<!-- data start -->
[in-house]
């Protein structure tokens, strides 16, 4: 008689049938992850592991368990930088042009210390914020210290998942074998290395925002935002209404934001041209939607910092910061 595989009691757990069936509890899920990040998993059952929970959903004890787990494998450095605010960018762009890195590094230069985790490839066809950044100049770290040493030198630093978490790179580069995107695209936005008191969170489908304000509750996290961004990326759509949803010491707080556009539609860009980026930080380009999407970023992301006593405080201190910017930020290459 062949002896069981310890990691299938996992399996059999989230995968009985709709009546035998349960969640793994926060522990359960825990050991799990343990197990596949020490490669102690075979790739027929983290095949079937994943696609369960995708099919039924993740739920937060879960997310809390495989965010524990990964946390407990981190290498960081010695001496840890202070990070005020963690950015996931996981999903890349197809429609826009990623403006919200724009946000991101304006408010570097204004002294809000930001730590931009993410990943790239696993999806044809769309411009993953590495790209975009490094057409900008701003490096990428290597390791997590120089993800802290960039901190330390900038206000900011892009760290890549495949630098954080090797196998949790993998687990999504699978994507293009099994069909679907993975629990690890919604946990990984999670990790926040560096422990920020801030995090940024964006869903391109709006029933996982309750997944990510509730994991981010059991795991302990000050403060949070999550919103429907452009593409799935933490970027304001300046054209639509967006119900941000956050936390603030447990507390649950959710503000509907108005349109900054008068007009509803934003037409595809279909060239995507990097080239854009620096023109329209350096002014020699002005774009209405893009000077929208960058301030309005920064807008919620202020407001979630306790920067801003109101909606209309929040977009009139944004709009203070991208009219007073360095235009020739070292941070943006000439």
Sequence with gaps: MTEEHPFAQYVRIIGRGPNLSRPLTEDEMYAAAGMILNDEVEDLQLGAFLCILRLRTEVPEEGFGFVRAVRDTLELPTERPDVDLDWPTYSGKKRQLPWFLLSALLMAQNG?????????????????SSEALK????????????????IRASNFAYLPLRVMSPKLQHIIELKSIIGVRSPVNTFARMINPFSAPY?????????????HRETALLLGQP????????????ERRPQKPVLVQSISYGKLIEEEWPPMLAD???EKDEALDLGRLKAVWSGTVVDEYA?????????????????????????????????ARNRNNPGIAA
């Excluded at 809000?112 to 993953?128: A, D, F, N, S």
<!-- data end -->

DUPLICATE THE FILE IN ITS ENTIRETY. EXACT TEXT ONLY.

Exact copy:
[in-house]
């Protein structure tokens, strides 16, 4: 008689049938992850592991368990930088042009210390914020210290998942074998290395925002935002209404934001041209939607910092910061 595989009691757990069936509890899920990040998993059952929970959903004890787990494998450095605010960018762009890195590094230069985790490839066809950044100049770290040493030198630093978490790179580069995107695209936005008191969170489908304000509750996290961004990326759509949803010491707080556009539609860009980026930080380009999407970023992301006593405080201190910017930020290459 062949002896069981310890990691299938996992399996059999989230995968009985709709009546035998349960969640793994926060522990359960825990050991799990343990197990596949020490490669102690075979790739027929983290095949079937994943696609369960995708099919039924993740739920937060879960997310809390495989965010524990990964946390407990981190290498960081010695001496840890202070990070005020963690950015996931996981999903890349197809429609826009990623403006919200724009946000991101304006408010570097204004002294809000930001730590931009993410990943790239696993999806044809769309411009993953590495790209975009490094057409900008701003490096990428290597390791997590120089993800802290960039901190330390900038206000900011892009760290890549495949630098954080090797196998949790993998687990999504699978994507293009099994069909679907993975629990690890919604946990990984999670990790926040560096422990920020801030995090940024964006869903391109709006029933996982309750997944990510509730994991981010059991795991302990000050403060949070999550919103429907452009593409799935933490970027304001300046054209639509967006119900941000956050936390603030447990507390649950959710503000509907108005349109900054008068007009509803934003037409595809279909060239995507990097080239854009620096023109329209350096002014020699002005774009209405893009000077929208960058301030309005920064807008919620202020407001979630306790920067801003109101909606209309929040977009009139944004709009203070991208009219007073360095235009020739070292941070943006000439």
Sequence with gaps: MTEEHPFAQYVRIIGRGPNLSRPLTEDEMYAAAGMILNDEVEDLQLGAFLCILRLRTEVPEEGFGFVRAVRDTLELPTERPDVDLDWPTYSGKKRQLPWFLLSALLMAQNG?????????????????SSEALK????????????????IRASNFAYLPLRVMSPKLQHIIELKSIIGVRSPVNTFARMINPFSAPY?????????????HRETALLLGQP????????????ERRPQKPVLVQSISYGKLIEEEWPPMLAD???EKDEALDLGRLKAVWSGTVVDEYA?????????????????????????????????ARNRNNPGIAA
């Excluded at 809000?112 to 993953?128: A, D, F, N, S």